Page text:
For the worker thread, the simplest approach is to write the code as a normal sequential piece of code. But what if you want to use the "worker thread as event source" model I've just described? This model is desirable, but it places a constraint on the interaction this code has with the user interface: the thread can only send information to the UI, not request it.

For example, it would be difficult for your worker thread to bring up a dialog halfway through to request information needed to complete the result. If you do need to do this, it is probably better to open such a dialog on the worker thread, not the main UI thread. This constraint is a good thing, as it ensures a very simple model for communication between the two threads—and simplicity is the key to success here. The great thing about this style of development is that neither thread is ever blocking while waiting for the other one. This is a good strategy for avoiding deadlock.

Figure 7 shows the use of asynchronous delegate invocation to perform a potentially slow operation (reading the contents of a directory) on a worker thread, and then displaying the results back in the UI. It doesn't go as far as using the high-level event syntax, but it does handle the completion of the worker code in much the same way that it would handle events such as clicks.

Figure 7 A Slow Operation on a Worker Thread

private void btnRead_Click(object o, EventArgs e) { btnRead.Enabled = false; txtDir.Enabled = false; Cursor = Cursors.AppStarting; // Clear the list view lvwDirList.Clear(); // This could be slow, so do this via an async delegate. ReadDelegate dlg = new ReadDelegate(ReadDirectory); dlg.BeginInvoke(txtDir.Text, null, null); } // Worker function (and associated delegate) private delegate void ReadDelegate(string dirName); private void ReadDirectory(string dirName) { try { string[] names = Directory.GetFileSystemEntries(dirName); // Marshal the results back onto the right thread. object[] pList = { names }; BeginInvoke(new DirRead(readDir_DirEntries), pList); } catch (DirectoryNotFoundException) { // Raise the directory not found 'event' BeginInvoke(new MethodInvoker(readDir_DirNotFound)); } catch (Exception e) { // Raise the miscellaneous error 'event'. object[] pList = { e }; BeginInvoke(new DirError(readDir_Error), pList); } } // Functions called via Invoke by worker thread. private delegate void DirRead(string[] names); private void readDir_DirEntries(string[] names) { Cursor = Cursors.WaitCursor; foreach(string name in names) { lvwDirList.Items.Add(name); } ResetCtls(); } private void readDir_DirNotFound() { MessageBox.Show(this, "Directory not found", "Error"); ResetCtls(); } private delegate void DirError(Exception e); private void readDir_Error(Exception e) { MessageBox.Show(this, string.Format("Error reading directory:\n{0}", e.Message), "Error"); ResetCtls(); } // Set the relevant controls and cursors back to their default // 'ready' states after the operation has completed. private void ResetCtls() { // Re-enable the Read button and put the cursor back to normal. btnRead.Enabled = true; txtDir.Enabled = true; Cursor = Cursors.Default; }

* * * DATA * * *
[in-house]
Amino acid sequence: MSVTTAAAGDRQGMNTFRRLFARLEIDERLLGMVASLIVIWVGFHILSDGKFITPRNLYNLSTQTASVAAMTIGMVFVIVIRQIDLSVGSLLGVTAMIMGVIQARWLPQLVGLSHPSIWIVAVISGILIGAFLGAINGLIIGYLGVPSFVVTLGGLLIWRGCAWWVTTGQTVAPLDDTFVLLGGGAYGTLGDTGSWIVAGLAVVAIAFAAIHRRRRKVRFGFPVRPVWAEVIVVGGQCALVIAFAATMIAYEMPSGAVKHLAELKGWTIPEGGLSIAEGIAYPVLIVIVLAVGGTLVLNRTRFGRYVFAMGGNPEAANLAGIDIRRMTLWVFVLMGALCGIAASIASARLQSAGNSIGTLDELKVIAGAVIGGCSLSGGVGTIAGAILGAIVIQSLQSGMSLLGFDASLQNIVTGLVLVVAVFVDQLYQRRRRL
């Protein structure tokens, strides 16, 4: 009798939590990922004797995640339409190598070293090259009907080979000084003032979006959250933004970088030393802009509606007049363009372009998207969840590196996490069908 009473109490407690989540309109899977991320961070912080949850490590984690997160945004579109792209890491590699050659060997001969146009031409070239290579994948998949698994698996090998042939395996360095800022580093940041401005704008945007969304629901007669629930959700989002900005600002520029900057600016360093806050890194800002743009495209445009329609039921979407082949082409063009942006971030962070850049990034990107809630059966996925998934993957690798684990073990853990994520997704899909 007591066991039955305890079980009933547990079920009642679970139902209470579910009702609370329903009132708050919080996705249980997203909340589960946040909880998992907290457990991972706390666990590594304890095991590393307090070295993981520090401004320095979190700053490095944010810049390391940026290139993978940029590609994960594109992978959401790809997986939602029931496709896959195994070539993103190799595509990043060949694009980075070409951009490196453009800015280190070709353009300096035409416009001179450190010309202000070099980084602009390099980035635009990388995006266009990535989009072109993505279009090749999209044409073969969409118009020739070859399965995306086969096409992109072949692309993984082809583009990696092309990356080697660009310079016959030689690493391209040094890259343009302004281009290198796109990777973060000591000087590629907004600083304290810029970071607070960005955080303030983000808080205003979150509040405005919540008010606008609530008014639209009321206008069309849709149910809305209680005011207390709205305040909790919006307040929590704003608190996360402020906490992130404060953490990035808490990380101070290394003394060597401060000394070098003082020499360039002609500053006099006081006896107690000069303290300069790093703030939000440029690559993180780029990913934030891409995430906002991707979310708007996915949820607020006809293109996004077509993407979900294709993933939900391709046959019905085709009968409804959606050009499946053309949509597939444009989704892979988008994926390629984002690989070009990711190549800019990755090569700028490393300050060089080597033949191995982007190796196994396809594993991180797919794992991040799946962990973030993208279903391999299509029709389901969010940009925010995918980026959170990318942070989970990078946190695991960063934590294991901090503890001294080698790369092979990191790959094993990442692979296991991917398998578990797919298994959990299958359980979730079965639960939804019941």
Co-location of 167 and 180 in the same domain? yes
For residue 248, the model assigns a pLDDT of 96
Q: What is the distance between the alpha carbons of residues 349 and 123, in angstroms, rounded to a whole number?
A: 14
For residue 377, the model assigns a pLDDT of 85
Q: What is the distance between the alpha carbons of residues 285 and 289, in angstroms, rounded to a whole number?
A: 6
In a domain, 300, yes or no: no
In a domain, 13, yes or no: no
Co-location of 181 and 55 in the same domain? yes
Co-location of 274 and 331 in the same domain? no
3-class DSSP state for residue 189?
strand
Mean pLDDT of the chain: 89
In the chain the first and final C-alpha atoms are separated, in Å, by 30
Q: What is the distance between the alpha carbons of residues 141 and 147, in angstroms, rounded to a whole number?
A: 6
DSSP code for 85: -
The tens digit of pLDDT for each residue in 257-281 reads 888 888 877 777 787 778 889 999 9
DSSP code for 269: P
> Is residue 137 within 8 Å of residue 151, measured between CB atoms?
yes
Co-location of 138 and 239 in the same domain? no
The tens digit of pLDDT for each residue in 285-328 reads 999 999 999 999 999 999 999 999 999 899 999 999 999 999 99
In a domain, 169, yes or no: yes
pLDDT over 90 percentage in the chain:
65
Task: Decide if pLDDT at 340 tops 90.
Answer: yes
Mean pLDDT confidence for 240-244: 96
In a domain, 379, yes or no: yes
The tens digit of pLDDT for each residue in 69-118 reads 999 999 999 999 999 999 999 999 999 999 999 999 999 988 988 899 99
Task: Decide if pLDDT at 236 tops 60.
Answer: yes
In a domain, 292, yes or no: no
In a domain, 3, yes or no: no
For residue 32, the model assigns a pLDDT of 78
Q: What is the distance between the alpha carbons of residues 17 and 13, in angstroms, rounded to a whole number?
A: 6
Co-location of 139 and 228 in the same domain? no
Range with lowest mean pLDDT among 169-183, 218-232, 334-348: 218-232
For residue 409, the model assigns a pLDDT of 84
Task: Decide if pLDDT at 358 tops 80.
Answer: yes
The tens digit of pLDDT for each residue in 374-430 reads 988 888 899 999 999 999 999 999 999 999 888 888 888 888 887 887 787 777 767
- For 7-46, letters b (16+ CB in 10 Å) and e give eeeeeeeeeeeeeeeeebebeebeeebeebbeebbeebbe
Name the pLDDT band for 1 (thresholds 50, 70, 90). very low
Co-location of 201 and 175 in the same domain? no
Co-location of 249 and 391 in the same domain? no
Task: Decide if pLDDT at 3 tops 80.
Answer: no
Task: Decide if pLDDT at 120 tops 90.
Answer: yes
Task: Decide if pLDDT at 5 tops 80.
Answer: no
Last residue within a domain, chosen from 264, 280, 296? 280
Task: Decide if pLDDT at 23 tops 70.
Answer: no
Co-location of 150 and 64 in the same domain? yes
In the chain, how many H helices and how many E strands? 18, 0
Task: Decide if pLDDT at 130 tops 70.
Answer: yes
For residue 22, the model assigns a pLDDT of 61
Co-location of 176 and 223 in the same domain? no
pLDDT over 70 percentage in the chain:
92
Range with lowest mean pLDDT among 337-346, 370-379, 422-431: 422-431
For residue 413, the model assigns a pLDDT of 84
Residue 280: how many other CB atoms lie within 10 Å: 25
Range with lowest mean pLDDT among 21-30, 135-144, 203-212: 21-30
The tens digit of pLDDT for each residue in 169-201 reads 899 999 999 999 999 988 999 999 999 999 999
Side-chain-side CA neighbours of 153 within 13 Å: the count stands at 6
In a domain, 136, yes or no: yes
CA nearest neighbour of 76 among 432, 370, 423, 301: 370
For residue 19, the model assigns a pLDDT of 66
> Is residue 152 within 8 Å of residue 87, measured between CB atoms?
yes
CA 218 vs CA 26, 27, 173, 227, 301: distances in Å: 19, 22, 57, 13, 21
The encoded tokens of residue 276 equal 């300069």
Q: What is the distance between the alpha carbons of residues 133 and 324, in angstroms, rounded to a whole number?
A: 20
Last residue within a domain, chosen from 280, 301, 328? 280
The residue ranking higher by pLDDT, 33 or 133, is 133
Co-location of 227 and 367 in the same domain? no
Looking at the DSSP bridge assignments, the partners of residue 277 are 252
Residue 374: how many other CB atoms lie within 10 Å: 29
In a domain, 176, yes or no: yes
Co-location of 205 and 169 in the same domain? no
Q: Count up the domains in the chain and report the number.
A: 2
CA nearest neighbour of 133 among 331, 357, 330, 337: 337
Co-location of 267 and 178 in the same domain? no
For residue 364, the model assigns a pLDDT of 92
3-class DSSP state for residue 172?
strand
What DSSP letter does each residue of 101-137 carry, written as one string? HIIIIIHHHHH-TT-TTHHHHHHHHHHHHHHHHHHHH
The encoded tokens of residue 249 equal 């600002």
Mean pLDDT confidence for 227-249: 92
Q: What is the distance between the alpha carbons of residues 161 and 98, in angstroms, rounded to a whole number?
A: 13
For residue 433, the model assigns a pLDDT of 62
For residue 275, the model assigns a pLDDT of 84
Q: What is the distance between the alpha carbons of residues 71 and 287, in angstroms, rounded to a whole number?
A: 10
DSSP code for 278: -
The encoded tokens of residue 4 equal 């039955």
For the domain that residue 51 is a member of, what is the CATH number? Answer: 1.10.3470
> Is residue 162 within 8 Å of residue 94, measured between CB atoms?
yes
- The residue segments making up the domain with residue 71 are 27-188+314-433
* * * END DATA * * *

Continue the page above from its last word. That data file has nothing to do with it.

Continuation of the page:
The problem with the previous example is that the only way to cancel the operation is to quit the entire application. Although the UI remains responsive while reading a directory, the user cannot view another directory, since the program disables the relevant buttons until the current operation completes. It would be unfortunate if you attempted to read a directory on a remote machine that turned out to be unresponsive, since it can take a long time for such an operation to time out.

The ability to cancel an operation can be hard to arrange, although it depends on precisely what is meant by cancel. One possible interpretation is "stop waiting for this operation to complete and let me get on with a different operation." This really amounts to abandoning the operation in progress and ignoring whatever results come in when it does eventually complete. For the present example, this is the best you can do, since the operation in question (reading the contents of a directory) is done with a single blocking API call for which there is no means of cancellation. But even this fairly loose pseudo-cancelling requires a certain amount of effort on your part. If you just decided to launch a new read without waiting for the old one to complete, there would be no way of knowing which of the two outstanding requests the next notification you received came from.

The only way to support cancellation of requests running on a worker thread is to provide some kind of call object associated with each request. At its simplest, this would just act as a cookie, which the worker thread passes back in with each notification, allowing the UI thread to correlate events with requests. Through a simple identity comparison (see Figure 8), the UI code can work out whether an event was from the current request or one that has long since been abandoned.

Figure 8 Which Request is This?

// Member variable holding the current request—gets updated with the // current call object every time we start a new operation. (This call // object would also be made available to the worker function—either as a // parameter, or possibly by making the worker function a member of the // call object.) private object currReq; ••• private void workerNotify(object callObj) { // Only process this event if it's from the last request we made. // (I.e. ignore belated notifications from requests we've long since // abandoned). if (object.ReferenceEquals(callObj, currReq)) { // This is for an operation we still care about, so handle it ••• } }